One of my favorite philosophies that I use to guide my work is the practice of continuous improvement, or kaizen. The basis for this business school of thought is making concerted efforts to improve processes, efficiency and performance.
In the PR and marketing industry, we can witness kaizen being practiced more and more often. As we explore in the white paper Defining the Metrics that Will Demonstrate ROI, new tools have made it easier to measure the precise impact of our efforts and optimize content creation and promotion.
When optimizing your multichannel content program, consider the “Plan, Do, Check, Act” (PDCA) approach. Based on the scientific method, PDCA is commonly used to implement kaizen.
The following steps provide a framework for using Plan-Do-Check to identify marketing opportunities that can be solved by Act.
PLAN: The first step is establishing your marketing department’s goals, selecting a timeline and content, and developing a multichannel promotion blueprint that everyone can get behind. It’s important, during this stage, to gather your data sets and analytics. They will help you plan the best course for maximizing your marketing channels’ revenue. Is there anything you failed to address in the development process that you’d like to implement down the road? Make a note of it and move forward; you’ll have the opportunity to reflect later.
Learn more about Plan in How to Map Marketing Content for Multichannel Promotion.
DO: At this point, you’re ready to execute your content promotion. Determine which paid, earned, owned and social channels you’re going to use and the best ways to format your content across each channel. Again, it’s smart to note any content pieces or channels that aren’t a good fit in your current campaign. For instance, not every buyer persona can (or should) be targeted with every campaign. However, they can (and should) be promoted in the future.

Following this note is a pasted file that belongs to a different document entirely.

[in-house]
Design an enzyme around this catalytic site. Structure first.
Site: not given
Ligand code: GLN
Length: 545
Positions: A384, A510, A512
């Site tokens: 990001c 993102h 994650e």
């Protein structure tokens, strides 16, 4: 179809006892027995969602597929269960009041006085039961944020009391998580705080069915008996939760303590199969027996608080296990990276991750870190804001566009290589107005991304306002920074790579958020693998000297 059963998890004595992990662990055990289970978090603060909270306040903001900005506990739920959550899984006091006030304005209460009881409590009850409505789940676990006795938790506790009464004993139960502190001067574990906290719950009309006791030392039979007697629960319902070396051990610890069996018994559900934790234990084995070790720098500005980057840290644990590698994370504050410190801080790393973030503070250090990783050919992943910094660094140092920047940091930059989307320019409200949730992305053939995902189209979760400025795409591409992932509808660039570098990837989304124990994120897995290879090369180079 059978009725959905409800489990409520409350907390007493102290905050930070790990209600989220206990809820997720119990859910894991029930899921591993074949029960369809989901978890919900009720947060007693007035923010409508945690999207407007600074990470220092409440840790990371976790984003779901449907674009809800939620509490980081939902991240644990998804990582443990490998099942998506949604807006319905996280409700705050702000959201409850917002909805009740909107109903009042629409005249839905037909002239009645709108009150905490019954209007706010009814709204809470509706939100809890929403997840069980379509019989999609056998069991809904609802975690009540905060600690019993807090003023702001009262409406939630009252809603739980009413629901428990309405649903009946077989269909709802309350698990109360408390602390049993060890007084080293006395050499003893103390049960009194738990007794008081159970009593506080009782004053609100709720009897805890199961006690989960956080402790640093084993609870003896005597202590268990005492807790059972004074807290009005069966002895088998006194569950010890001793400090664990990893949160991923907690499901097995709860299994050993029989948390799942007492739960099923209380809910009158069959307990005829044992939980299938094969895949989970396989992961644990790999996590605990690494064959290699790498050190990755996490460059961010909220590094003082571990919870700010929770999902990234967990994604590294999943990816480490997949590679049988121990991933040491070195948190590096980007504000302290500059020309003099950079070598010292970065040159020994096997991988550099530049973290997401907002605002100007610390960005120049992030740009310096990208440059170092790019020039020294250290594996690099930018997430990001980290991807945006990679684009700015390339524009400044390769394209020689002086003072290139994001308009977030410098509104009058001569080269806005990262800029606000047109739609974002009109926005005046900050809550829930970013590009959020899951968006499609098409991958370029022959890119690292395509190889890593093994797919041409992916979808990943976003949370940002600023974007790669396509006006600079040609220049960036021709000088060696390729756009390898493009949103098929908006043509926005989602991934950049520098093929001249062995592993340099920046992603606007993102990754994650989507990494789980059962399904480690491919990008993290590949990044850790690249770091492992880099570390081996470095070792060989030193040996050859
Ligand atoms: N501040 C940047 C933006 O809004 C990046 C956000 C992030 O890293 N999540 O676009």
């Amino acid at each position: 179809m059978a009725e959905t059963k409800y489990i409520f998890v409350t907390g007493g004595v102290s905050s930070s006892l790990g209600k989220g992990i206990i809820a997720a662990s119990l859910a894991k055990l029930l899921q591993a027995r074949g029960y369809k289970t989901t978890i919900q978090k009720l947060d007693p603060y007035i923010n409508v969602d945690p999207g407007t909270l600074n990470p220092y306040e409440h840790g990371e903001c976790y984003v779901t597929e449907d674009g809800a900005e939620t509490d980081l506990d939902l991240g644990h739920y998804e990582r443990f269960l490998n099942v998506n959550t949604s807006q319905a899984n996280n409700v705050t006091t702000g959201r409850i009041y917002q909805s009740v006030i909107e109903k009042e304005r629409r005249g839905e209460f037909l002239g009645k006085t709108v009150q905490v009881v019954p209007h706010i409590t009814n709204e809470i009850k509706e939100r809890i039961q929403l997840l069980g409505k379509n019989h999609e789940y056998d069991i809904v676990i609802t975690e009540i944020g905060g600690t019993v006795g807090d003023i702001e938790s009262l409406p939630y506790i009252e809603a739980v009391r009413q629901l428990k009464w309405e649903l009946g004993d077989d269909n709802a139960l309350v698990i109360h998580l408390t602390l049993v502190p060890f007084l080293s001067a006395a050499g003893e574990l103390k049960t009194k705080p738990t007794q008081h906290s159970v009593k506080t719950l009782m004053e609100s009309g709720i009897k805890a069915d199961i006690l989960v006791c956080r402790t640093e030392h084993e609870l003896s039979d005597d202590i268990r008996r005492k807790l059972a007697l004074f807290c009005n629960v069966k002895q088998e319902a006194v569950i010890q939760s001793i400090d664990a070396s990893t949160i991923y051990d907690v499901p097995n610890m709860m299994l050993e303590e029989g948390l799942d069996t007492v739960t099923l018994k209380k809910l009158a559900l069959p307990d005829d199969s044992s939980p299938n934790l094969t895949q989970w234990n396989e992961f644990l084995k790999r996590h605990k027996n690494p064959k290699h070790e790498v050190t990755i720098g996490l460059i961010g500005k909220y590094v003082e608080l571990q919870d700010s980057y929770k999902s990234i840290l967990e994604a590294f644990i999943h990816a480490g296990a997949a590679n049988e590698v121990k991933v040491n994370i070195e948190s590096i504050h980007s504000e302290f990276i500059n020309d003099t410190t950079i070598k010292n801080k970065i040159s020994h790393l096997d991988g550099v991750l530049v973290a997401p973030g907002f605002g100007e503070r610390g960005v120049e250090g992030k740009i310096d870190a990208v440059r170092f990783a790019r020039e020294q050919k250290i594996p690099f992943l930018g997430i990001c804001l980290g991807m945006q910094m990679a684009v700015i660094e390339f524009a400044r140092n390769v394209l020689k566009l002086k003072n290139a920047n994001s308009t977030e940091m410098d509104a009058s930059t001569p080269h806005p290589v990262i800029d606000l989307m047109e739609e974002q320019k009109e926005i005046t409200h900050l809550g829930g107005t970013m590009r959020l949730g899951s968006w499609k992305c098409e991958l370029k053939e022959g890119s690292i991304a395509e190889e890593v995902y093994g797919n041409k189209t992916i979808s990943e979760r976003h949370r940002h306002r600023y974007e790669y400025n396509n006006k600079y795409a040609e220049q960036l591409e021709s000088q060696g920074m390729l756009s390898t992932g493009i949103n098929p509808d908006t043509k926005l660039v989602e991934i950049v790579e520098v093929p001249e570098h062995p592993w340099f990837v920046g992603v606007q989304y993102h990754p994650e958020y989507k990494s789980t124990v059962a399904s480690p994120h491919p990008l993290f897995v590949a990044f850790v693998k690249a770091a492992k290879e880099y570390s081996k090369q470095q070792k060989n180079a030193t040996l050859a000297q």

Learn more about Do in 5 Tips for Quick, Easy, and Effective Content Distribution.
CHECK: Throughout the entire process, you should be studying your analytics. Not only will they provide you with the big picture successes of leads generated and revenue gained, but they will also offer insight into metrics that can help you improve, such as lead attribution by channel, page views vs prior year performance, subscription fallout rates, lead-to-conversion ratios and consistency in persona coverage. Don’t forget to include historical performance. Providing a baseline will give your team the complete picture of progress made.
Learn more about Check in Attribution Modeling’s Role in Your Marketing Mix.
ACT: Do your job well in the first three steps and you’ll be set up for success when it’s time to take action. After breaking down your data points, you should see some areas where you can roll up your sleeves and make improvements. Common optimization opportunities include:
Sequence reshuffling. You’ll likely find you need to reorder the publishing and promotion sequence of your content. There may be a great white paper, for example, that has traditionally been offered to audiences early in the funnel, but is being consumed by prospects who are very close to the point of purchase. Does it make sense to move this content down the funnel to buyers who find the most value in it? Resequencing content in a demand generation program is a large undertaking, but analyzing content’s potential in other parts of the program is vital if you want to increase conversions.
Bandwidth expansion. Once you’ve established an efficient process for your multichannel marketing, look into increasing the amount of content you’re promoting on a regular basis. While an increase can reap benefits, continuously test the waters and keep on eye on whether or not you’re over-saturating the market.
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